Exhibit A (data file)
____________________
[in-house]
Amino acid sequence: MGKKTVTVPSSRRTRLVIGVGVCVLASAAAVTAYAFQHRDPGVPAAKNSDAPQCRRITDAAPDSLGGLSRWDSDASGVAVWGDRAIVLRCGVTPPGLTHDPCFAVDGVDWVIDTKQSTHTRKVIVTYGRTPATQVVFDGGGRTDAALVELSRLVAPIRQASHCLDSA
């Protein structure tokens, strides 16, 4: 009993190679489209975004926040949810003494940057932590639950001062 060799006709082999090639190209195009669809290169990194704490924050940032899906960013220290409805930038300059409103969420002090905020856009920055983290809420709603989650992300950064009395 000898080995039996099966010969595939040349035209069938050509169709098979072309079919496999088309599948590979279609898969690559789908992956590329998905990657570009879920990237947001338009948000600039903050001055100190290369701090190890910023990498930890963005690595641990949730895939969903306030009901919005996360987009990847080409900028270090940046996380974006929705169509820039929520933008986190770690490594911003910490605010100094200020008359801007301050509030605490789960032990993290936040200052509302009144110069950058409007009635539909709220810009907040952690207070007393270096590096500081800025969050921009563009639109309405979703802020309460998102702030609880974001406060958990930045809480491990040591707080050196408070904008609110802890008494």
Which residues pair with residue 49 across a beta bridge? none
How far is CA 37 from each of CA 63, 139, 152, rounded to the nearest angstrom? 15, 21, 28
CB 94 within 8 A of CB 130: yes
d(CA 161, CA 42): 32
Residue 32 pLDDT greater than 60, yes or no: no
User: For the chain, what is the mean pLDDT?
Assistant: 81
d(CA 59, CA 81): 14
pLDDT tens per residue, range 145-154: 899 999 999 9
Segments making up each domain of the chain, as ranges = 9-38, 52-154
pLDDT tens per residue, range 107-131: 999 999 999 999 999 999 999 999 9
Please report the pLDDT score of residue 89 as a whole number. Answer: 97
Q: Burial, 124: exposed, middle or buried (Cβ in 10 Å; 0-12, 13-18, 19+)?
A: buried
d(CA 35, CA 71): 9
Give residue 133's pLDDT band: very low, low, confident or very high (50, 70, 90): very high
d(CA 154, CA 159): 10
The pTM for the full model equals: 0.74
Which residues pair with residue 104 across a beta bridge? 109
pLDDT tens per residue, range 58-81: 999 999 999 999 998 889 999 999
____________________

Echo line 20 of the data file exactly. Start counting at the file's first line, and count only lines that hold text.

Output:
d(CA 154, CA 159): 10